Two reports out of Washington during January addressed tariff mitigation and enhanced inspections for products going into Taiwan directly affect the domestic onion industry.
The first missive came in a Jan. 16 report from the USDA FAS Gain Report, linked at Taiwan 2019 Enhanced Inspection List for U.S. Products, and provided a list of products that the Taiwan Food and Drug Administration has subjected to a “heighted 20-50 percent inspection rate for chemical residues.” It said, “For the duration of 2019, all U.S origin broccoli, lettuce, and onions will be subject to enhanced inspection rates when entering Taiwan. The enhanced inspection list is available on the TFDA website.”
Two weeks later on Jan. 31, word came in a release from the office of U.S. Secretary of Agriculture Sonny Perdue that the USDA has awarded $200 million to 57 organizations through the Agricultural Trade Promotion Program “to help U.S. farmers and ranchers identify and access new export markets.”
“At USDA, we are always looking to expand existing markets or open new ones, so we are proud to make good on the third leg of the President’s promise to America’s farmers,” said Secretary Perdue. “This infusion will help us develop other markets and move us away from being dependent on one large customer for our agricultural products. This is seed money, leveraged by hundreds of millions of dollars from the private sector, that will help to increase our agricultural exports.”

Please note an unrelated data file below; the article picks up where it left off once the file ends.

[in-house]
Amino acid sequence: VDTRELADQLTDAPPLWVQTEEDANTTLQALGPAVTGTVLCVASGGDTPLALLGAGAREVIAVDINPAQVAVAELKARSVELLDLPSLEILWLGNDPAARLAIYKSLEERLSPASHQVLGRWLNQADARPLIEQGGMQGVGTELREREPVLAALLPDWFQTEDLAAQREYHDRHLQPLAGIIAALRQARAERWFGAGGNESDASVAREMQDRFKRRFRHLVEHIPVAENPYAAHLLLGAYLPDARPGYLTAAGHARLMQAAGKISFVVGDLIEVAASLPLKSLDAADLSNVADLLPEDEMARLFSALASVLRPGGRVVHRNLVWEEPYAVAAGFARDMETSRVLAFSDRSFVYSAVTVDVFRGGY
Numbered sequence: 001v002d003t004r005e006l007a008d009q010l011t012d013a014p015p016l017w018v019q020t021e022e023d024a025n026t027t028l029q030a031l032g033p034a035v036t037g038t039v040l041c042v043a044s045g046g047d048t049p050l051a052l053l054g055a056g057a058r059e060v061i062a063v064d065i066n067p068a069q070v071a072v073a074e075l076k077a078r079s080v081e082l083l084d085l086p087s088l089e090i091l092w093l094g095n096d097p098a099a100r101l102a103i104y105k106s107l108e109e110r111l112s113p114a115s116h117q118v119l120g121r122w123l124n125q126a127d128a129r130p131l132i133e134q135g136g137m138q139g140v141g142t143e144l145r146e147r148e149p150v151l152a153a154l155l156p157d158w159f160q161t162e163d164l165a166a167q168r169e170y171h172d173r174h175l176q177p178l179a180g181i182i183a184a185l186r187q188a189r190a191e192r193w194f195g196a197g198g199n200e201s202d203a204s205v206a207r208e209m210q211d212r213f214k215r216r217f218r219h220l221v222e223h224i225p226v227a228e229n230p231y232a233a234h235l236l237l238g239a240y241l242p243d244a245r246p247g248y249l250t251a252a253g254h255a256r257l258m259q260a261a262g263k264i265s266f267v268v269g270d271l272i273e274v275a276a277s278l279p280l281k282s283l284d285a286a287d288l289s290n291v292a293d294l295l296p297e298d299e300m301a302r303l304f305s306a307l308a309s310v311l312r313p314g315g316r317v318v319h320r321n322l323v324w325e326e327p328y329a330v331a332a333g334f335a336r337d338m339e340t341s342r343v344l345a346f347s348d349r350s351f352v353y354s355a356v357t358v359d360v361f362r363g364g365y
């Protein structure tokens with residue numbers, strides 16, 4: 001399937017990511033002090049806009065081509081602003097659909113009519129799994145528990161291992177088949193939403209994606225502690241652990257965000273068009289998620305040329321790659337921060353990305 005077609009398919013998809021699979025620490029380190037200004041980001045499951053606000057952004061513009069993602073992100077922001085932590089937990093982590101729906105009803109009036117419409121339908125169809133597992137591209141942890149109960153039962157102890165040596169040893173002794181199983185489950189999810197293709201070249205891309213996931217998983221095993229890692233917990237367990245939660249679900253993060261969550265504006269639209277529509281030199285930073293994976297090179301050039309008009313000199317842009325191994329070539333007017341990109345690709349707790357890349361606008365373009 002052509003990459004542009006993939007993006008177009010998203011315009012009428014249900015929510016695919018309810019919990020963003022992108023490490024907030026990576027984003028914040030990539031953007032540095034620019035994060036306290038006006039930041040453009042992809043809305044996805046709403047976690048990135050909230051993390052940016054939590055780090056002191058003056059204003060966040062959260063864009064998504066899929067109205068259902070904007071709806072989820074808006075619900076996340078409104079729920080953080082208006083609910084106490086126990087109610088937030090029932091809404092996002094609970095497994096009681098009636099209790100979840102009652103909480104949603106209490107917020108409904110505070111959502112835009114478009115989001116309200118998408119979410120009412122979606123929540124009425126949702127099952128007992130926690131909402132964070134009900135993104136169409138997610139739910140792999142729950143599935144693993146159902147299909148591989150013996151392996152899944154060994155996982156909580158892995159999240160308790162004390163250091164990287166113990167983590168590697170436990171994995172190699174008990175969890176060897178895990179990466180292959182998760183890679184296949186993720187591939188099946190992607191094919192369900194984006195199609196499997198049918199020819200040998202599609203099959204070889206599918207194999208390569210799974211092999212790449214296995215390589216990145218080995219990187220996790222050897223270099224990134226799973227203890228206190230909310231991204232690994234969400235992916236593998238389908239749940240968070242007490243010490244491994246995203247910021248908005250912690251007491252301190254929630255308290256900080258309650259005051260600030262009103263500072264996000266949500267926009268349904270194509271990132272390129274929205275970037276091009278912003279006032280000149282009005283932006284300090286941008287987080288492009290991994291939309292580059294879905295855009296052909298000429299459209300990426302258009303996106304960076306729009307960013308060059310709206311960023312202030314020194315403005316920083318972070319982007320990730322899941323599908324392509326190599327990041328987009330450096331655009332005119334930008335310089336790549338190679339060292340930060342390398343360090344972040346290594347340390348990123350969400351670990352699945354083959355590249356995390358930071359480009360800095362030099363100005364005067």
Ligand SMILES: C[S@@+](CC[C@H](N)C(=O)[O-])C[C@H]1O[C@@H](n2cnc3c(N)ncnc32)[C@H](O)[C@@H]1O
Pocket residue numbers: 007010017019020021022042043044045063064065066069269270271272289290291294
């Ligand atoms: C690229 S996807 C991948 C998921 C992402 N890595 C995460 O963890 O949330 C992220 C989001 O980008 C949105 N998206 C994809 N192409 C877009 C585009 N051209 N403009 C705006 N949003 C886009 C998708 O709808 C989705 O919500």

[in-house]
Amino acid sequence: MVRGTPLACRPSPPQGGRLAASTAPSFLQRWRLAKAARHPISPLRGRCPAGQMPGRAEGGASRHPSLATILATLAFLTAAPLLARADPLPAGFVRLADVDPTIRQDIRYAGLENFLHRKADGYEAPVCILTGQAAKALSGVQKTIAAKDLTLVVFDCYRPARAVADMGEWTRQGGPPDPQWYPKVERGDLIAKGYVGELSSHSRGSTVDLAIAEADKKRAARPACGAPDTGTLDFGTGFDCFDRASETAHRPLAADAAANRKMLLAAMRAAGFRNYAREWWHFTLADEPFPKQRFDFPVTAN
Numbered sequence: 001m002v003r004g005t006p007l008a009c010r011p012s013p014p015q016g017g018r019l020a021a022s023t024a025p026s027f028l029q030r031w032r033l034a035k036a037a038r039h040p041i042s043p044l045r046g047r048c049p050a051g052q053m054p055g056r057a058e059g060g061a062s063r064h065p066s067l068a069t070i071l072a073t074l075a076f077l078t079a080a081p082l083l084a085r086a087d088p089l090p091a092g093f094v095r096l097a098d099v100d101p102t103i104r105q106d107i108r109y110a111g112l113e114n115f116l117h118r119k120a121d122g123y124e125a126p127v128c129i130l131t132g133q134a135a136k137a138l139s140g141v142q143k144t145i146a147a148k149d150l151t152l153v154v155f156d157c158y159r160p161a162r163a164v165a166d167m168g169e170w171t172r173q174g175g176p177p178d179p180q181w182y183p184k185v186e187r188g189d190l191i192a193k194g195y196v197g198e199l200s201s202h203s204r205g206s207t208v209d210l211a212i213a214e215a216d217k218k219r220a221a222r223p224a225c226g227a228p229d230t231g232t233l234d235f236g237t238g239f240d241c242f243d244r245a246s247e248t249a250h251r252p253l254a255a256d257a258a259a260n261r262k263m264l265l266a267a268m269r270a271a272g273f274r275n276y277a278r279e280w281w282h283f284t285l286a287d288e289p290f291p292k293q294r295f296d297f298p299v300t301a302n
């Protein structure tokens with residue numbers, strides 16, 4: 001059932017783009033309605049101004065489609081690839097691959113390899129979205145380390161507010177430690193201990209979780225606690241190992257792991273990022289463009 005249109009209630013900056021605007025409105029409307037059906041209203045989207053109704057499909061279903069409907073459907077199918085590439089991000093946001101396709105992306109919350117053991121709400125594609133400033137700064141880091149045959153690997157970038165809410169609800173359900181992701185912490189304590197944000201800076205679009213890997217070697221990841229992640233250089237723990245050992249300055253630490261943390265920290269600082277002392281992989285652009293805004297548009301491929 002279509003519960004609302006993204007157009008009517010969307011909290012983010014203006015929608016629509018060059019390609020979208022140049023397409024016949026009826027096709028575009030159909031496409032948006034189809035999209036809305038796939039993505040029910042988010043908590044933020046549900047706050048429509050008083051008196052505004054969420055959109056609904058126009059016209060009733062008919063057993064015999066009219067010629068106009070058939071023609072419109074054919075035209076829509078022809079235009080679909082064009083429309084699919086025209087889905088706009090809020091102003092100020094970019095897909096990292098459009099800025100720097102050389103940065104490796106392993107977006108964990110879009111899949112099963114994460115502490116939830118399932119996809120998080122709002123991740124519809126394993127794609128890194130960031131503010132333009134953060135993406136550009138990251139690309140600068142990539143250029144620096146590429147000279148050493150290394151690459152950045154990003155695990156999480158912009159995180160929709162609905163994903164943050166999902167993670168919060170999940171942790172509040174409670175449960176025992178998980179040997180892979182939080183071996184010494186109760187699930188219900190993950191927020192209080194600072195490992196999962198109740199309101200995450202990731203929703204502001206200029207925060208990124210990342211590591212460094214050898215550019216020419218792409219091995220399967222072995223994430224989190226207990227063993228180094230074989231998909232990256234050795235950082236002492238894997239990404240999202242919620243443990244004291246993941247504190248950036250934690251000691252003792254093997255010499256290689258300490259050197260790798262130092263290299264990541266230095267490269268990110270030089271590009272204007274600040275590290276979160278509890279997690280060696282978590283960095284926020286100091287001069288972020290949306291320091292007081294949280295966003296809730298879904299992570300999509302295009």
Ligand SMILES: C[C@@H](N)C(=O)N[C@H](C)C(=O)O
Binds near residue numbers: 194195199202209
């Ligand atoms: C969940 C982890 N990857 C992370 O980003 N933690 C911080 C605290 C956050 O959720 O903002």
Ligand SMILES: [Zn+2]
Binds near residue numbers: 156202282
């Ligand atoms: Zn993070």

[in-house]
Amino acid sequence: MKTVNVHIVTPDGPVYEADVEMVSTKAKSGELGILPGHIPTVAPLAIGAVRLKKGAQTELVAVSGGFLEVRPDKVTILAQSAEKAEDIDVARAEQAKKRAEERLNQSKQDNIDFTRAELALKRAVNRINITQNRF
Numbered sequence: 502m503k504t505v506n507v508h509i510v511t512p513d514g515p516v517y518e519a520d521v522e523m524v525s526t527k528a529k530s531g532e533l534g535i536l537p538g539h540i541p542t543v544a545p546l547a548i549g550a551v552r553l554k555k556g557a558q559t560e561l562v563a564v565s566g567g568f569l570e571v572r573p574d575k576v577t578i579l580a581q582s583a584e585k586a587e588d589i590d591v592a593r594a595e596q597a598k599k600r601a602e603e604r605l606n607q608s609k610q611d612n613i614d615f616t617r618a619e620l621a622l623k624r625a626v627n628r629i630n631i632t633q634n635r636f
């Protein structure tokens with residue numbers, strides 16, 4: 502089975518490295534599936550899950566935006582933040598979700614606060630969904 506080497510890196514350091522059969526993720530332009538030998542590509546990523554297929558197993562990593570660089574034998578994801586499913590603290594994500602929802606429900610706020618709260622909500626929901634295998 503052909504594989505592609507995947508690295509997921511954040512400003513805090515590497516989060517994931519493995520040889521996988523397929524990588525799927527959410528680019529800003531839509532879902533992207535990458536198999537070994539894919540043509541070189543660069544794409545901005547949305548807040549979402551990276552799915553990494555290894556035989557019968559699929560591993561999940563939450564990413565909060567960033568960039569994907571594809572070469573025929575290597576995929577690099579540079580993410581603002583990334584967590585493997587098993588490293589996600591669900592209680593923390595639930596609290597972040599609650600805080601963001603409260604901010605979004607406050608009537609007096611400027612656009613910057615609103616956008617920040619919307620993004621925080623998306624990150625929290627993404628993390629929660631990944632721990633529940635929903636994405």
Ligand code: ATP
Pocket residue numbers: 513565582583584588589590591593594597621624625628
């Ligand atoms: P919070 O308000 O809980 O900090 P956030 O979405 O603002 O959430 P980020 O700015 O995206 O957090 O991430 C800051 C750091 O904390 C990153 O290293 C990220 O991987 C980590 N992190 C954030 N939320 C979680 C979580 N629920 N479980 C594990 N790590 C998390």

Theresa Yoshioka, International Trade Manager at the Oregon Department of Agriculture’s Ag Development and Marketing Division, told OnionBusiness that the ATP funds were approved for promotion of onions in Mexico and Canada.
“These ATP projects will be managed by the lead states of Oregon, Idaho and Utah through the Western United States Agricultural Trade Association,” Theresa said. “We are very excited to increase awareness of the quality onions that we produce in the United States.”
Of the $200 million disbursed, WUSTA received nearly $7.5 million.